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    Growing Garlic

    Plant bulbs for a flavorful, versatile, and medicinal crop

    By Laurena Mayne Davis
    Illustrations by Tom Milner

    Now's the time to plant a vegetable in your garden that next summer will yield three healthy and tangy crops: the leaves, stems, and bulbs of garlic. Garlic is a versatile and savory food with beneficial medicinal qualities. It has been found to control blood pressure, lower bad cholesterol, and keep cold viruses at bay. If you think of garlic as only the dried powder clumped in a plastic bottle in the spice rack, you're missing out on a world of cooking options. Not only is garlic easy to cook, it's easy to grow, too.

    For more than 38 years, Donna and Les Abel of Michigan Garlic Farm, in Pinckney, Mich., have propagated a variety with a purple stripe they've named "Northern Jewel." The fist-sized, hardneck garlic has a "little bit of a kick, but a really nice garlic flavor," Les says.

    The Abels experimented with a few others, but liked everything about Northern Jewel: large bulb, complex flavors, and beautiful color. Now, with a crop of 35,000 bulbs, that's all they grow. "Years ago an old fellow, a good friend of mine, told me if you're going to do something, then do one thing and do it well," Les says. "We went from having a vegetable garden to having a garlic garden."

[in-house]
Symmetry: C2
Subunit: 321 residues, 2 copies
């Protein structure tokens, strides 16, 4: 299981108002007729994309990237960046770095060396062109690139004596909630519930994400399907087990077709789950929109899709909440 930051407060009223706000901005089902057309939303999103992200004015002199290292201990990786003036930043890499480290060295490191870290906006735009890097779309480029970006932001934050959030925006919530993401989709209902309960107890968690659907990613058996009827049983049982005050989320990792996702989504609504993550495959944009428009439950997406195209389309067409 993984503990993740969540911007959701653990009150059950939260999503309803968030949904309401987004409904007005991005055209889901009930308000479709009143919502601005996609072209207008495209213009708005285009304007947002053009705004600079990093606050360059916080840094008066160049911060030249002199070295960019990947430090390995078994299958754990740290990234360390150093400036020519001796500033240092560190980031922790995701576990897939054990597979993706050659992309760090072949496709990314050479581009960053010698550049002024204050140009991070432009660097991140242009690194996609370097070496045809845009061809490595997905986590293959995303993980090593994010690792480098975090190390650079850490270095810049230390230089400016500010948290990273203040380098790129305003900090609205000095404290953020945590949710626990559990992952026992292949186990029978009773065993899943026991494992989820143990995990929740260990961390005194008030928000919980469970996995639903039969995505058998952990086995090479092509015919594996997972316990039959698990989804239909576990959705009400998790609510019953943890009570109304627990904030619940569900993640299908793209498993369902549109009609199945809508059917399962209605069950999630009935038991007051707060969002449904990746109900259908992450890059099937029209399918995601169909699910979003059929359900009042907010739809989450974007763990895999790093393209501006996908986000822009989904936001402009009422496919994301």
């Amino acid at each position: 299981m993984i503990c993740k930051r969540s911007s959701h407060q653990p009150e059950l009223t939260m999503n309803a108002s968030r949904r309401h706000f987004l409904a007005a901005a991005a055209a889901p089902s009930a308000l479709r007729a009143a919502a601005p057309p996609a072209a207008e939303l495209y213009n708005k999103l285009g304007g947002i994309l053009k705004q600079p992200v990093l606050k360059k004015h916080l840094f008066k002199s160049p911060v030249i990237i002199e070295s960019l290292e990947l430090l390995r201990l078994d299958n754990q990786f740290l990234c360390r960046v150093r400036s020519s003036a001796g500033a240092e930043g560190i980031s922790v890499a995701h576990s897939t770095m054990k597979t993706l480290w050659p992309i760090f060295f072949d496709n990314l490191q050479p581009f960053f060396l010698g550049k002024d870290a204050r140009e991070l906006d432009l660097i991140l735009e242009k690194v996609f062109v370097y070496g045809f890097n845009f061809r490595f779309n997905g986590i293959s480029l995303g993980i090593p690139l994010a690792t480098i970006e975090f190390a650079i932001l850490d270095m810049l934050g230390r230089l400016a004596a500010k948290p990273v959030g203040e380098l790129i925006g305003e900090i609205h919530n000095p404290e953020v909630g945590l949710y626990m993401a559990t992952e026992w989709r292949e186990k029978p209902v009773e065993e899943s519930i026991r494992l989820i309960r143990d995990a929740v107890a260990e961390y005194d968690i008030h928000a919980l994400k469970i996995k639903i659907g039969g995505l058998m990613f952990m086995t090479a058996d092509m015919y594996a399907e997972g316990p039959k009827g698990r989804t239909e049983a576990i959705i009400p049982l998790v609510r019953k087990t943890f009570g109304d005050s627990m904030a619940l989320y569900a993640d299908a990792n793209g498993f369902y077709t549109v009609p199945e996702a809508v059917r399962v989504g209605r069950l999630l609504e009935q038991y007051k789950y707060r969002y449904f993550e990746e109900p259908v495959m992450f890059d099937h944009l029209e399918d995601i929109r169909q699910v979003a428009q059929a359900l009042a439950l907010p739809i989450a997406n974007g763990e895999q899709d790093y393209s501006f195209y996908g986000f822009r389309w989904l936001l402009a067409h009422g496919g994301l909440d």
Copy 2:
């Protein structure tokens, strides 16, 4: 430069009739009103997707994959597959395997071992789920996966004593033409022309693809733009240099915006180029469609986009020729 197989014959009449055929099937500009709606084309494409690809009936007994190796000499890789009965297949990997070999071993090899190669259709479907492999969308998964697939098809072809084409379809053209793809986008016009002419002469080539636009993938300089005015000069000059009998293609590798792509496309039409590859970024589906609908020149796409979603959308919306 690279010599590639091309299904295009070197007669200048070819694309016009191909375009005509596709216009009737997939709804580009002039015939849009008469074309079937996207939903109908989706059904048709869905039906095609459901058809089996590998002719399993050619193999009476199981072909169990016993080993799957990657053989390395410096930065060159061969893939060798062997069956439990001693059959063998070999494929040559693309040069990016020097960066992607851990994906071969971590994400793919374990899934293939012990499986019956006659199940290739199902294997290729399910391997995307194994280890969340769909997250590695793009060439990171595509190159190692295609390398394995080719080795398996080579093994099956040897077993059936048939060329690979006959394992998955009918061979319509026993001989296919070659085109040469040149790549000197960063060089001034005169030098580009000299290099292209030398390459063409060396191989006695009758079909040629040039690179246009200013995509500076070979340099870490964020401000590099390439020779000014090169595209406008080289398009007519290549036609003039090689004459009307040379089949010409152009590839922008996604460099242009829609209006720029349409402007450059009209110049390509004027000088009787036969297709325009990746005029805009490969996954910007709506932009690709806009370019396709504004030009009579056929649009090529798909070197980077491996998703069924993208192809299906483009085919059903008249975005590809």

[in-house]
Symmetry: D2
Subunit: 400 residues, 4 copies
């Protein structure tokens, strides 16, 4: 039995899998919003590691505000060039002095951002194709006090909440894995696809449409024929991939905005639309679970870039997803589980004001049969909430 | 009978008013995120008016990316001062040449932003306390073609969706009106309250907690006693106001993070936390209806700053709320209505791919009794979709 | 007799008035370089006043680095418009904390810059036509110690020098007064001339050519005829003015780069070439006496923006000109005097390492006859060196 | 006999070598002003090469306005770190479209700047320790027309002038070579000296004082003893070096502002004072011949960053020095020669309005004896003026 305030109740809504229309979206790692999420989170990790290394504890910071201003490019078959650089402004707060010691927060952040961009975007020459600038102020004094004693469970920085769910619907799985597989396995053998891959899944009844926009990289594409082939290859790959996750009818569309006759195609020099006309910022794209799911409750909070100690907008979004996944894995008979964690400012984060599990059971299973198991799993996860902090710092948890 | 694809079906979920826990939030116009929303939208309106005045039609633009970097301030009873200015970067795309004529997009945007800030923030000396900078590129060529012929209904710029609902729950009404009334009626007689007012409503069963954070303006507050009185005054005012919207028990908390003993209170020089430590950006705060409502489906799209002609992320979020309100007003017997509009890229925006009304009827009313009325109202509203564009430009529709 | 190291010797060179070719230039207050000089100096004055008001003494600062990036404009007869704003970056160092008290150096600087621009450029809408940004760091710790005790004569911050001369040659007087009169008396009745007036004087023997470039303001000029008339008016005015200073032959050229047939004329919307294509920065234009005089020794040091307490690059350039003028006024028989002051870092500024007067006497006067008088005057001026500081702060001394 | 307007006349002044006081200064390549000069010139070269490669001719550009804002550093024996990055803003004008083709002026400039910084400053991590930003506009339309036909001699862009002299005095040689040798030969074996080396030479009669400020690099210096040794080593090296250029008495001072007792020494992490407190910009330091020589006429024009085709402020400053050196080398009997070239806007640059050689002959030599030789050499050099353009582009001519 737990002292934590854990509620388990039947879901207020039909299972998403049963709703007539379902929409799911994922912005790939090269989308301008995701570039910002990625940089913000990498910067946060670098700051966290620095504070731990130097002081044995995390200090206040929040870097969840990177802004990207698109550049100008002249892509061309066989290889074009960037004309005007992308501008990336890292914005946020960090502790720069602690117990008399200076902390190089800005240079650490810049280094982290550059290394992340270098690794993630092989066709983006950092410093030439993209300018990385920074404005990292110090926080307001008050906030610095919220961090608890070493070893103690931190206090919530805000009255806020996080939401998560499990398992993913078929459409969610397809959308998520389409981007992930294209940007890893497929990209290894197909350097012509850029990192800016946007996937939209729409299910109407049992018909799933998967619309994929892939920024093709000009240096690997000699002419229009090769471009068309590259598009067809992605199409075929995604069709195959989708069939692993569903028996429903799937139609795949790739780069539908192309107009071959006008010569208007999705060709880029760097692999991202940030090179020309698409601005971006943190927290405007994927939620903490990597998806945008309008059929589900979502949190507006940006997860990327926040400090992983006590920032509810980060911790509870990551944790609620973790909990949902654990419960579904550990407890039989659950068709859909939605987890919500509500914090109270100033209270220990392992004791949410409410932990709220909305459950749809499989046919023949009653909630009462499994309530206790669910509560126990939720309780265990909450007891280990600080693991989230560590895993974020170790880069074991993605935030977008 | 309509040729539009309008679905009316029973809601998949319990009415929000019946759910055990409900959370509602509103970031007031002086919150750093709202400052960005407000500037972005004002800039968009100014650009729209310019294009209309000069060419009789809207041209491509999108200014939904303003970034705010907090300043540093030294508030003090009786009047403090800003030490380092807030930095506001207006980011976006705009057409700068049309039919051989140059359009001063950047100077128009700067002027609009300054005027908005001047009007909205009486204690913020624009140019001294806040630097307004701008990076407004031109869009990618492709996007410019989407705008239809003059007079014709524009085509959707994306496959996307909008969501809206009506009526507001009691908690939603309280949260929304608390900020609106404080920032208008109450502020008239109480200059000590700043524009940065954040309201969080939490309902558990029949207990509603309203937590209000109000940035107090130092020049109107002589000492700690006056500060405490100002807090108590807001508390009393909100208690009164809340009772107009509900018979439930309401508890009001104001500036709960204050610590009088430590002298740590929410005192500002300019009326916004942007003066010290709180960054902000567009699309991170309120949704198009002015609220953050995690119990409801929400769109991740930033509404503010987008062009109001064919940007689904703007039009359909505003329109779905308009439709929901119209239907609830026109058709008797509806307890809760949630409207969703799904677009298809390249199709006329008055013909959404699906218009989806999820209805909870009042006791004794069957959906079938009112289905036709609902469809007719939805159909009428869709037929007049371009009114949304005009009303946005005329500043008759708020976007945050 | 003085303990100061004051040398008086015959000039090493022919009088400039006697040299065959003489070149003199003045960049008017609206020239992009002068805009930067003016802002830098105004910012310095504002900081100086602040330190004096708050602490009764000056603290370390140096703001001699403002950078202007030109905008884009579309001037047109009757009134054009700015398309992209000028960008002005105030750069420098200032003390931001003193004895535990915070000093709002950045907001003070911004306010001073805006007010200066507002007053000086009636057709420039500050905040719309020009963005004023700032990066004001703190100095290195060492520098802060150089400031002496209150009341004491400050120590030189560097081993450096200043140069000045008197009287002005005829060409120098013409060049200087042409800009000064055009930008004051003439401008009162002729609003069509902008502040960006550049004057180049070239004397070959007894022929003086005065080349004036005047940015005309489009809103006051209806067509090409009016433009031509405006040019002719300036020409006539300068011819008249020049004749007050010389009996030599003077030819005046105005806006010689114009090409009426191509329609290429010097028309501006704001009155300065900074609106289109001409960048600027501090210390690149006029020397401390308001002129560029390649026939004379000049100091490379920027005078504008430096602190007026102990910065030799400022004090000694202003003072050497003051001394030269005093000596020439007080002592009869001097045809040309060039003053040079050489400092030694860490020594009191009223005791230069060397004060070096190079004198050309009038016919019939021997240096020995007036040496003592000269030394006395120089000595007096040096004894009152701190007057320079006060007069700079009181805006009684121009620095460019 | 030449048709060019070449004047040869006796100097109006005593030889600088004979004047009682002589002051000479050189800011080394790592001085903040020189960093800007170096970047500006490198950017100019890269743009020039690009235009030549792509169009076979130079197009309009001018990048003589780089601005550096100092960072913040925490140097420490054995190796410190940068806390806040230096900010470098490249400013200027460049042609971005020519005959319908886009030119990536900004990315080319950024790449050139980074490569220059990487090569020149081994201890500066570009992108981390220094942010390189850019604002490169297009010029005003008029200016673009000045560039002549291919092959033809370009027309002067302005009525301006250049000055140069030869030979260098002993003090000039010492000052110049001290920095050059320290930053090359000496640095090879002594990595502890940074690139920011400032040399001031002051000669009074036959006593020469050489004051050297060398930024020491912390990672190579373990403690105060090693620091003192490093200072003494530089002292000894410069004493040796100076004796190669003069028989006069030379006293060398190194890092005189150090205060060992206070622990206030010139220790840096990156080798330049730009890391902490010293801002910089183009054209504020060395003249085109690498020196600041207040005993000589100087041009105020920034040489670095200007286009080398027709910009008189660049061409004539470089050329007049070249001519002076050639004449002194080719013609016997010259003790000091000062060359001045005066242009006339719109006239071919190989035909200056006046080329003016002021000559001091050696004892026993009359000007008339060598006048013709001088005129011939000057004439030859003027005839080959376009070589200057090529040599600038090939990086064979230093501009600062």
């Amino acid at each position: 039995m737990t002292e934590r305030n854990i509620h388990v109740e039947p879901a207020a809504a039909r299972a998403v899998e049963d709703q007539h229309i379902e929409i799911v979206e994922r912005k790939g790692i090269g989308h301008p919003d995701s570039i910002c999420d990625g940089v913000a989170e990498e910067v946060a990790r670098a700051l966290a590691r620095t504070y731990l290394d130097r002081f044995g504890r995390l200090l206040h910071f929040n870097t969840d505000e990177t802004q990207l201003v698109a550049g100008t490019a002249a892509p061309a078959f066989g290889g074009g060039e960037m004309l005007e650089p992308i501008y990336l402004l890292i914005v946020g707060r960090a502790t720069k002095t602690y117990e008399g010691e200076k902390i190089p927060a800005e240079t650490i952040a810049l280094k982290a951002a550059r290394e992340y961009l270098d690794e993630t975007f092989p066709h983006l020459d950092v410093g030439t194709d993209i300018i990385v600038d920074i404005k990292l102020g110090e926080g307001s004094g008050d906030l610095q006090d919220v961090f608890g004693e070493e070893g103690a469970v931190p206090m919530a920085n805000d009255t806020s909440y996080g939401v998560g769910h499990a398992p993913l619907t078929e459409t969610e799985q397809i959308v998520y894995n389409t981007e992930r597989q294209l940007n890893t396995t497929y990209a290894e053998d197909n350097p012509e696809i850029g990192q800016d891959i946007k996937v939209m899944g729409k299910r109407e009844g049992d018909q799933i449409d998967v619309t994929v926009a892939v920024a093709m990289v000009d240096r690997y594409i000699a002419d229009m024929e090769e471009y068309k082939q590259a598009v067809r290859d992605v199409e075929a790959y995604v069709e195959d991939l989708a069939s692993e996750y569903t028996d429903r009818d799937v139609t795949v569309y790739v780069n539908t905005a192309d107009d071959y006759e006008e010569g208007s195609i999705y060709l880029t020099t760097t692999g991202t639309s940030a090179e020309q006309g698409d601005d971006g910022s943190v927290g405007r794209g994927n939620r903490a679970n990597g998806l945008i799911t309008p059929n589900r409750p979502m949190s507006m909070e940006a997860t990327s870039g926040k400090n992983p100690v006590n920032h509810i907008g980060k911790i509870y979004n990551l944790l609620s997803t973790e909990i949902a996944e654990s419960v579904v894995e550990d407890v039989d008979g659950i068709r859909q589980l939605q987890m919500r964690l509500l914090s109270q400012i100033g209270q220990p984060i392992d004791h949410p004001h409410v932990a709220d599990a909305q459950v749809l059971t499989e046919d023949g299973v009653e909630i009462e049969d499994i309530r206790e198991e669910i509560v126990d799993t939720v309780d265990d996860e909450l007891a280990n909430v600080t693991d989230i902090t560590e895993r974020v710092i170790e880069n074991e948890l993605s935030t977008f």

They recently planted this year's crop and will harvest some of the garlic in spring as "green garlic," which is an immature plant, with an undeveloped bulb. Prepared and eaten like a green onion or scallion, "the whole thing is edible because it's very, very tender," Donna says.

    Plants not pulled for green garlic will bolt in mid-summer, sending up long, curling stems. These stems — the scapes — sway and dip, swanlike, in the wind. "When you can see one or two acres out there dancing, it's pretty cool," Les says.

    Scapes have the consistency of asparagus and can be prepared in the same ways: stir-fried, sautéed, chopped fresh in salads, or grilled. Once scapes are removed, plants put their energy into developing larger bulbs, which are ready for harvest in late summer.

    "I think the main misperception about garlic that people have is they don't realize they can grow it," Donna says. "We've had people buy garlic from us one year, and they come back the next year holding a handful of garlic, grinning from ear to ear, because they've finally been able to grow garlic."

    HOW TO PLANT

    The key is to plant the right type of garlic — either hardneck or softneck. Hardnecks, like the Abels grow, do well in cold climates. They need several weeks of very cold temperatures to thrive. Softnecks, on the other hand, grow better in milder climates.

    Softnecks also do not bolt, meaning they don't send up a scape and therefore don't have a stem in the middle of the bulb. Instead, there are more cloves throughout the bulb. Softnecks typically have a milder flavor and store longer, too.